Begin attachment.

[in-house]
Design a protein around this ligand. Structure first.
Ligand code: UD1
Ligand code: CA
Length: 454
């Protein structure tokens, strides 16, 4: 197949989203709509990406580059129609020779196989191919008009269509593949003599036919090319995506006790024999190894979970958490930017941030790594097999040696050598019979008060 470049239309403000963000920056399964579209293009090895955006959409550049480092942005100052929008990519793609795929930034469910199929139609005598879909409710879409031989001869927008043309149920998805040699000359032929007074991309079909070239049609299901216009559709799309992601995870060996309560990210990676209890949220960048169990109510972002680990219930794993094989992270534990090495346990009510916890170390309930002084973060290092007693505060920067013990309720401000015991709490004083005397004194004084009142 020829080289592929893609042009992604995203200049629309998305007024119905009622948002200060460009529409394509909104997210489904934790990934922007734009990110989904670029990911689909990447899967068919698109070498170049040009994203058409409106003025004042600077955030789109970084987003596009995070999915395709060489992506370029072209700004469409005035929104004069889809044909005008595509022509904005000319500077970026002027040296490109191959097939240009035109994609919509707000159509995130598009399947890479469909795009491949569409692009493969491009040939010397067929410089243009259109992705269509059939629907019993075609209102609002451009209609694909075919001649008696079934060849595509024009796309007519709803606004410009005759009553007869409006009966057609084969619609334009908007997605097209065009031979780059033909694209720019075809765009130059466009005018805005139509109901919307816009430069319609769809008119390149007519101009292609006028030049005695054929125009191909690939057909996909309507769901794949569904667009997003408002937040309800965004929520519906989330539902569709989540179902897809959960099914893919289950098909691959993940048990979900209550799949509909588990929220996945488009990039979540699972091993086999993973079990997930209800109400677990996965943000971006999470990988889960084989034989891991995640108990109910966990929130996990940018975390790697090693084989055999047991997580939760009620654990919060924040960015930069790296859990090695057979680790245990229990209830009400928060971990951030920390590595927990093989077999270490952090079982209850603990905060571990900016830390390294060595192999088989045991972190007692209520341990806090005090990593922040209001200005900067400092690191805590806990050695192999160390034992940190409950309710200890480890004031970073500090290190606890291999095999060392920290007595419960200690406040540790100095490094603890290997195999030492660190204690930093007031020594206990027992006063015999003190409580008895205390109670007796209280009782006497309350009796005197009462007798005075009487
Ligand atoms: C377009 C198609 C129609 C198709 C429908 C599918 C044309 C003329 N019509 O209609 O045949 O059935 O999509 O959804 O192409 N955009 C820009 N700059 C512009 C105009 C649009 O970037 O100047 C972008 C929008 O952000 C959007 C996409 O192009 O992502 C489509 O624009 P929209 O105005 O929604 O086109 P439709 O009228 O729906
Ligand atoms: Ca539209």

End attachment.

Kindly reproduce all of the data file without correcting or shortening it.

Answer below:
[in-house]
Design a protein around this ligand. Structure first.
Ligand code: UD1
Ligand code: CA
Length: 454
């Protein structure tokens, strides 16, 4: 197949989203709509990406580059129609020779196989191919008009269509593949003599036919090319995506006790024999190894979970958490930017941030790594097999040696050598019979008060 470049239309403000963000920056399964579209293009090895955006959409550049480092942005100052929008990519793609795929930034469910199929139609005598879909409710879409031989001869927008043309149920998805040699000359032929007074991309079909070239049609299901216009559709799309992601995870060996309560990210990676209890949220960048169990109510972002680990219930794993094989992270534990090495346990009510916890170390309930002084973060290092007693505060920067013990309720401000015991709490004083005397004194004084009142 020829080289592929893609042009992604995203200049629309998305007024119905009622948002200060460009529409394509909104997210489904934790990934922007734009990110989904670029990911689909990447899967068919698109070498170049040009994203058409409106003025004042600077955030789109970084987003596009995070999915395709060489992506370029072209700004469409005035929104004069889809044909005008595509022509904005000319500077970026002027040296490109191959097939240009035109994609919509707000159509995130598009399947890479469909795009491949569409692009493969491009040939010397067929410089243009259109992705269509059939629907019993075609209102609002451009209609694909075919001649008696079934060849595509024009796309007519709803606004410009005759009553007869409006009966057609084969619609334009908007997605097209065009031979780059033909694209720019075809765009130059466009005018805005139509109901919307816009430069319609769809008119390149007519101009292609006028030049005695054929125009191909690939057909996909309507769901794949569904667009997003408002937040309800965004929520519906989330539902569709989540179902897809959960099914893919289950098909691959993940048990979900209550799949509909588990929220996945488009990039979540699972091993086999993973079990997930209800109400677990996965943000971006999470990988889960084989034989891991995640108990109910966990929130996990940018975390790697090693084989055999047991997580939760009620654990919060924040960015930069790296859990090695057979680790245990229990209830009400928060971990951030920390590595927990093989077999270490952090079982209850603990905060571990900016830390390294060595192999088989045991972190007692209520341990806090005090990593922040209001200005900067400092690191805590806990050695192999160390034992940190409950309710200890480890004031970073500090290190606890291999095999060392920290007595419960200690406040540790100095490094603890290997195999030492660190204690930093007031020594206990027992006063015999003190409580008895205390109670007796209280009782006497309350009796005197009462007798005075009487
Ligand atoms: C377009 C198609 C129609 C198709 C429908 C599918 C044309 C003329 N019509 O209609 O045949 O059935 O999509 O959804 O192409 N955009 C820009 N700059 C512009 C105009 C649009 O970037 O100047 C972008 C929008 O952000 C959007 C996409 O192009 O992502 C489509 O624009 P929209 O105005 O929604 O086109 P439709 O009228 O729906
Ligand atoms: Ca539209």